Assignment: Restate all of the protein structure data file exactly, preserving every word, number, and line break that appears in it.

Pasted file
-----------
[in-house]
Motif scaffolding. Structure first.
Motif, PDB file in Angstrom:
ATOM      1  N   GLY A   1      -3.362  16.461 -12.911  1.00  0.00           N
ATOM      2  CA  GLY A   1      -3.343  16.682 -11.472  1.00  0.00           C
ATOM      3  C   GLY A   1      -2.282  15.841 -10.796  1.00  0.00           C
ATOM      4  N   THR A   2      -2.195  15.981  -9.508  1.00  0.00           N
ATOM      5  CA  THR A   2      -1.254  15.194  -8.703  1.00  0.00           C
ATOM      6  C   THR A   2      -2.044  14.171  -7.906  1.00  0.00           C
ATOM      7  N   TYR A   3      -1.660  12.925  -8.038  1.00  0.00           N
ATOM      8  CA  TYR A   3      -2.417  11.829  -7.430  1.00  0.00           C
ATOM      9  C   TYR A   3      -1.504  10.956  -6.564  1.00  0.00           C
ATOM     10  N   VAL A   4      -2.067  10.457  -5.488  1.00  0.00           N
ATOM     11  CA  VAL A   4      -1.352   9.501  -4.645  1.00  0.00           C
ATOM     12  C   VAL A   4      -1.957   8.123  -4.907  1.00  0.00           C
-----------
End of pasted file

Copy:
[in-house]
Motif scaffolding. Structure first.
Motif, PDB file in Angstrom:
ATOM      1  N   GLY A   1      -3.362  16.461 -12.911  1.00  0.00           N
ATOM      2  CA  GLY A   1      -3.343  16.682 -11.472  1.00  0.00           C
ATOM      3  C   GLY A   1      -2.282  15.841 -10.796  1.00  0.00           C
ATOM      4  N   THR A   2      -2.195  15.981  -9.508  1.00  0.00           N
ATOM      5  CA  THR A   2      -1.254  15.194  -8.703  1.00  0.00           C
ATOM      6  C   THR A   2      -2.044  14.171  -7.906  1.00  0.00           C
ATOM      7  N   TYR A   3      -1.660  12.925  -8.038  1.00  0.00           N
ATOM      8  CA  TYR A   3      -2.417  11.829  -7.430  1.00  0.00           C
ATOM      9  C   TYR A   3      -1.504  10.956  -6.564  1.00  0.00           C
ATOM     10  N   VAL A   4      -2.067  10.457  -5.488  1.00  0.00           N
ATOM     11  CA  VAL A   4      -1.352   9.501  -4.645  1.00  0.00           C
ATOM     12  C   VAL A   4      -1.957   8.123  -4.907  1.00  0.00           C